MSM for Horses

Methyl Sulphonyl Methane, aka MSM, is a supplement that many horse owners may be familiar with but they may not know all of its benefits.   I’ve fed MSM in the past to maintain joint health in my barrel horse, but like several things I’ve tried over the years, it eventually fell to the wayside.

Last fall however, after doing some research on equine skin allergies,  I decided to supplement MSM again.  Lee Lee had become very itchy last summer and I knew that diet was likely a factor.  I decided to add MSM, ground flaxseed, and for a month or so, organic soybean oil (for it’s ‘cooling’ effect, according to TCM) to her diet.

I can’t be certain if it was just one or a combination of these supplements that made a difference, but something certainly did.  Her coat became shiny once again and she stopped rubbing on every darn thing she could find.

Skin allergies are just one of several issues that MSM is said to benefit.  If your horse is itchy and nothing else has worked, you may want to give it a try.

Here is a little background information on MSM. . .

MSM is a naturally-occurring sulfur compound which contains anti-oxidant properties. It is found in fruits, vegetables, grains, and fresh forage.  It is also found naturally in the horse’s body (as well as in all vertebrates) in small amounts.  In the body, MSM splits into methionine and cysteine, two important amino acids.

The supplement, MSM, is derived from DMSO or dimethylsulfoxide, and is commonly used in the horse industry to combat inflammation.  It’s a white, salt-like substance that horses seem to find palatable and it’s fairly inexpensive as far as supplements go.

While it’s not completely clear how MSM works in the body, it is a great source of dietary sulfur, which plays an important role in maintaining the health of collagen, cartilage, hooves, hair, and joint fluid.

MSM is also said to have the following effects:

  • Prevent/ reducing scar tissue;
  • Promote muscle relaxation;
  • Reduce inflammation and promote circulation;
  • Analgesic (pain-killing);
  • Promote healthy hoof and hair growth;
  • Reduce joint degeneration;
  • Chelate or bind harmful heavy metals in the body; and
  • Boost the immune system.

Some of these effects have been documented in studies, while others are more hearsay among horse folks.  You may just have to try feeding MSM to see if your horse’s issues respond to it.



The dosage of MSM will vary depending on the specific supplement you buy –always read the labels.  MSM is also often added to other joint supplements such as chondroitin sulfate so that’s another option if you’re looking specifically for a joint supplement.  This is the one that I am currently feeding and it contains only MSM.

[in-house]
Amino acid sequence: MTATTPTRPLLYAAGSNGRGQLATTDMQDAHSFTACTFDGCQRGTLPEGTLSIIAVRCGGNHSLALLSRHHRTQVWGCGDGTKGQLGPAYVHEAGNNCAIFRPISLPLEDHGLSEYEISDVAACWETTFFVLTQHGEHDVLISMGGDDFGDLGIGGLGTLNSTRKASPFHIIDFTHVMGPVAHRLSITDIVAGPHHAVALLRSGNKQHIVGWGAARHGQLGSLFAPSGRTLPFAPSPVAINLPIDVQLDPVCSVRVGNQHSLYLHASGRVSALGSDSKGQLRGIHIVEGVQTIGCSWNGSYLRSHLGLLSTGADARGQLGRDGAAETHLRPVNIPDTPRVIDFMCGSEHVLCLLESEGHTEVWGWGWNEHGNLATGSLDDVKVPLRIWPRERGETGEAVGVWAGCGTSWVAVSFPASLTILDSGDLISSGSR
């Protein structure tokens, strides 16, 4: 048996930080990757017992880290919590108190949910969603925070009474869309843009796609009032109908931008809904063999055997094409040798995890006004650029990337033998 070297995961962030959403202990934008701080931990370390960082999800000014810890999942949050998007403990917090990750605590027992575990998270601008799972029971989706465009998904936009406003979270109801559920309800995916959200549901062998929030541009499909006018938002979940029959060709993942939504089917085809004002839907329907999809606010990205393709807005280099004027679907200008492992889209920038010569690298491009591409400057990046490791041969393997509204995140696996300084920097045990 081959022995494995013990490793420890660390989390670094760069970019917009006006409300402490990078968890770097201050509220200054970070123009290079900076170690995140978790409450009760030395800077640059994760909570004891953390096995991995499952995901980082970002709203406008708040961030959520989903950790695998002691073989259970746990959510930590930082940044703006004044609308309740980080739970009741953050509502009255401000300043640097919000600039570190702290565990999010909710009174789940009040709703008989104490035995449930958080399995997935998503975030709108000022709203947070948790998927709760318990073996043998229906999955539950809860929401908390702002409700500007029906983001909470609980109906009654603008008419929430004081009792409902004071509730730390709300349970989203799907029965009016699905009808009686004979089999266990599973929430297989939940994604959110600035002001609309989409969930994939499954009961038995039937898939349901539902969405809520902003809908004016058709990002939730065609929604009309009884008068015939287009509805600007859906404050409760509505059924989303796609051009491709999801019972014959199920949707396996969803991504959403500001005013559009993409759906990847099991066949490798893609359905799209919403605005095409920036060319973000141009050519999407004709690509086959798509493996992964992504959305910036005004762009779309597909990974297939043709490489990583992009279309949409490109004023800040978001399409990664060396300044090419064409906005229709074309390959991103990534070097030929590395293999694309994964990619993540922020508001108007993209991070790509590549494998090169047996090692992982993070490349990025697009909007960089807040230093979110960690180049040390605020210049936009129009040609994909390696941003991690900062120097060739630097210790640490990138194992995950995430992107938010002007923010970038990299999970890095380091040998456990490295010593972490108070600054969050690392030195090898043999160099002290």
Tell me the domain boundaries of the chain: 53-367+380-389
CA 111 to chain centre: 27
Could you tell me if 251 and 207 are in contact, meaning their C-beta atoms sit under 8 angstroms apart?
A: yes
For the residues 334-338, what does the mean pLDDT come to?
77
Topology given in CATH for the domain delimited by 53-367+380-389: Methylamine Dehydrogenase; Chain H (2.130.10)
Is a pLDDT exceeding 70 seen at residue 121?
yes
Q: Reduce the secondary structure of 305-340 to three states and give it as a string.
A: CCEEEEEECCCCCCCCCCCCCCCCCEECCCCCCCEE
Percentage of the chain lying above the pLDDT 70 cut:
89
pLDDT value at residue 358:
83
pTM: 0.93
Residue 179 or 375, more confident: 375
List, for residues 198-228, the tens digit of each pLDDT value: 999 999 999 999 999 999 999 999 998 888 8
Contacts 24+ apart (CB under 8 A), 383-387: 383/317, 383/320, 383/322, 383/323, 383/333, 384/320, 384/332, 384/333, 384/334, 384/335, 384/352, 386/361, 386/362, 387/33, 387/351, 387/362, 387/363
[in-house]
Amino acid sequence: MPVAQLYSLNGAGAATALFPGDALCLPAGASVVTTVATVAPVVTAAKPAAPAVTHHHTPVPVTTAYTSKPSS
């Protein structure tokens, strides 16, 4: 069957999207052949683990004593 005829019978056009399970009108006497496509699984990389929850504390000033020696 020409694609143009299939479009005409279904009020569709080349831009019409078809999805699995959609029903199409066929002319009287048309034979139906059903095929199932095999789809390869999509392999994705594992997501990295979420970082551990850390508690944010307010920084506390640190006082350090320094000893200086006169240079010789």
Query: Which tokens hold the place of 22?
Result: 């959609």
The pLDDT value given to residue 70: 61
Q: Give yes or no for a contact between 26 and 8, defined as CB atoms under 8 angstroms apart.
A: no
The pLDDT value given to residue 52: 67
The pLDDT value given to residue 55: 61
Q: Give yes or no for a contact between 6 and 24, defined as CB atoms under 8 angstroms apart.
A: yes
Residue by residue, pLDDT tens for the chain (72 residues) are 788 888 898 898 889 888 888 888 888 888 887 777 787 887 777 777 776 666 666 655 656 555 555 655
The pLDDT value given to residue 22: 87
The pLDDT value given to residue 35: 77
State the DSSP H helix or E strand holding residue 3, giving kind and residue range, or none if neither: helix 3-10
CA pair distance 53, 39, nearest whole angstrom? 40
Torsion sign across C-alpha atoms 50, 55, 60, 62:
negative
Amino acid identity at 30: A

If your horse is already getting plenty of fresh green grass (or fresh veggies!) in his diet, then you may not need to worry about supplementing MSM.  Horses on all or mostly-hay diet or those in hard work or suffering from skin allergies may just benefit from supplemental MSM though.  It’s worth taking a look at, anyways.





Sources and Further Reading:

The effect of methyl sulphonyl methane supplementation on biomarkers of oxidative stress in sport horses following jumping exercise (research paper)

MSM Helps Sore Muscles



Hi! My name is Casie Bazay. I'm a mom, a freelance writer, and a certified equine acupressure practitioner.

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3 Responses

  1. Susan says:

    Actually, it is quite well studied how msm works in the body and essentially its function is to make the membrane of every cell more malleable so that each and every cell can absorb nutrients and expel waste AND toxins more efficiently, improving cell function. A small and easy to understand pamphlet called”The MSM Miracle” is widely available at many health food stores and I recommend reading and understanding just how wonderful this natural element is. Everyone gets it at my house and personally I can tell you that the first thing you will notice is healthier joints, both in mobility and pain relief. Sulphur is an essential requirement and water soluble so depending on how your food is grown, can be lacking. Supplementing it is cheap and easy and beneficial for people, dogs and horses.

  2. Jody Webb says:

    Quality of MSM is also important. Cheap brands have fillers and the seller is not required to put it on the label. If it clumps, its pure MSM, if it doesnt clump (ie doesnt form clumpy balls over time) it has fillers in it. You get less bang for your buck that way. Its also important to stick with brands made in the USA (not, say, India or China) as they are not regulated the same as USA companies.

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